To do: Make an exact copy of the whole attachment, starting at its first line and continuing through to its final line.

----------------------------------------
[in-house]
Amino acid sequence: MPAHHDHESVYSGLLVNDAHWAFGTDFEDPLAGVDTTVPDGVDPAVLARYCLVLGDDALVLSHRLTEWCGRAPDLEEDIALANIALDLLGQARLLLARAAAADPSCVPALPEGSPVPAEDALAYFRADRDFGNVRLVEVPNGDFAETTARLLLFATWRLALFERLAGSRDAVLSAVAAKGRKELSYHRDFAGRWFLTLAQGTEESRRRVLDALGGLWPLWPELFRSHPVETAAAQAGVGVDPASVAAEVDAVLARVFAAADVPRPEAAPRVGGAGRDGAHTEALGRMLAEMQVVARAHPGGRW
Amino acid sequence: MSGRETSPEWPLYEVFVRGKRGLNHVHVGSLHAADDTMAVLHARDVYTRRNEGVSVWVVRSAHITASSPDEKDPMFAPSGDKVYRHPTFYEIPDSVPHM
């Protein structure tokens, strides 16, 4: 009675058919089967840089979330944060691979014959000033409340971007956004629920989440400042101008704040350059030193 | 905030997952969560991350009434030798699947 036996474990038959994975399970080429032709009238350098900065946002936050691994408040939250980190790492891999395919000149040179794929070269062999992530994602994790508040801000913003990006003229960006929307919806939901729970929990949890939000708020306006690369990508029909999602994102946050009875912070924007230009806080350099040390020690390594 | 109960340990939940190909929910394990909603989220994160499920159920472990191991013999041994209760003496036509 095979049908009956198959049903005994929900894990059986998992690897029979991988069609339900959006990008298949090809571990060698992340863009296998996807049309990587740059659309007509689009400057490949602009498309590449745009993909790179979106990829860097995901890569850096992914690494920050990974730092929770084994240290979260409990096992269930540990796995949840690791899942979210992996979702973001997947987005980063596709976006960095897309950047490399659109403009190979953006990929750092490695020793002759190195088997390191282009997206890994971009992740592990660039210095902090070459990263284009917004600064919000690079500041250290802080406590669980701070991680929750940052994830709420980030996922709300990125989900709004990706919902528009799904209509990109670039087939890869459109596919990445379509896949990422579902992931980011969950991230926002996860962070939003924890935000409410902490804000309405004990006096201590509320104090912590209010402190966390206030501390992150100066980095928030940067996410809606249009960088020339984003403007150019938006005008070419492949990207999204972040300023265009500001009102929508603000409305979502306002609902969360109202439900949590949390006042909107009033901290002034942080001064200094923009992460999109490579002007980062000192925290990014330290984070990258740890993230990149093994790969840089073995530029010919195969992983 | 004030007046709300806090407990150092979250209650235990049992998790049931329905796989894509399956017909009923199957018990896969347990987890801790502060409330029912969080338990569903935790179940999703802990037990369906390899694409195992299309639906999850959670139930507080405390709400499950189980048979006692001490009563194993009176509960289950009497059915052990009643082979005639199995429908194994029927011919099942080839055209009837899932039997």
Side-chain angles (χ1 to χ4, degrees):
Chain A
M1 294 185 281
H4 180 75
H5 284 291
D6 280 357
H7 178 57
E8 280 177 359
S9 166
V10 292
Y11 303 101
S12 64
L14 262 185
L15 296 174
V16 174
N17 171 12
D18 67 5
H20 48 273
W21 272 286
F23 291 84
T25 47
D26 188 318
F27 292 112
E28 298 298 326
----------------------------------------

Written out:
[in-house]
Amino acid sequence: MPAHHDHESVYSGLLVNDAHWAFGTDFEDPLAGVDTTVPDGVDPAVLARYCLVLGDDALVLSHRLTEWCGRAPDLEEDIALANIALDLLGQARLLLARAAAADPSCVPALPEGSPVPAEDALAYFRADRDFGNVRLVEVPNGDFAETTARLLLFATWRLALFERLAGSRDAVLSAVAAKGRKELSYHRDFAGRWFLTLAQGTEESRRRVLDALGGLWPLWPELFRSHPVETAAAQAGVGVDPASVAAEVDAVLARVFAAADVPRPEAAPRVGGAGRDGAHTEALGRMLAEMQVVARAHPGGRW
Amino acid sequence: MSGRETSPEWPLYEVFVRGKRGLNHVHVGSLHAADDTMAVLHARDVYTRRNEGVSVWVVRSAHITASSPDEKDPMFAPSGDKVYRHPTFYEIPDSVPHM
């Protein structure tokens, strides 16, 4: 009675058919089967840089979330944060691979014959000033409340971007956004629920989440400042101008704040350059030193 | 905030997952969560991350009434030798699947 036996474990038959994975399970080429032709009238350098900065946002936050691994408040939250980190790492891999395919000149040179794929070269062999992530994602994790508040801000913003990006003229960006929307919806939901729970929990949890939000708020306006690369990508029909999602994102946050009875912070924007230009806080350099040390020690390594 | 109960340990939940190909929910394990909603989220994160499920159920472990191991013999041994209760003496036509 095979049908009956198959049903005994929900894990059986998992690897029979991988069609339900959006990008298949090809571990060698992340863009296998996807049309990587740059659309007509689009400057490949602009498309590449745009993909790179979106990829860097995901890569850096992914690494920050990974730092929770084994240290979260409990096992269930540990796995949840690791899942979210992996979702973001997947987005980063596709976006960095897309950047490399659109403009190979953006990929750092490695020793002759190195088997390191282009997206890994971009992740592990660039210095902090070459990263284009917004600064919000690079500041250290802080406590669980701070991680929750940052994830709420980030996922709300990125989900709004990706919902528009799904209509990109670039087939890869459109596919990445379509896949990422579902992931980011969950991230926002996860962070939003924890935000409410902490804000309405004990006096201590509320104090912590209010402190966390206030501390992150100066980095928030940067996410809606249009960088020339984003403007150019938006005008070419492949990207999204972040300023265009500001009102929508603000409305979502306002609902969360109202439900949590949390006042909107009033901290002034942080001064200094923009992460999109490579002007980062000192925290990014330290984070990258740890993230990149093994790969840089073995530029010919195969992983 | 004030007046709300806090407990150092979250209650235990049992998790049931329905796989894509399956017909009923199957018990896969347990987890801790502060409330029912969080338990569903935790179940999703802990037990369906390899694409195992299309639906999850959670139930507080405390709400499950189980048979006692001490009563194993009176509960289950009497059915052990009643082979005639199995429908194994029927011919099942080839055209009837899932039997």
Side-chain angles (χ1 to χ4, degrees):
Chain A
M1 294 185 281
H4 180 75
H5 284 291
D6 280 357
H7 178 57
E8 280 177 359
S9 166
V10 292
Y11 303 101
S12 64
L14 262 185
L15 296 174
V16 174
N17 171 12
D18 67 5
H20 48 273
W21 272 286
F23 291 84
T25 47
D26 188 318
F27 292 112
E28 298 298 326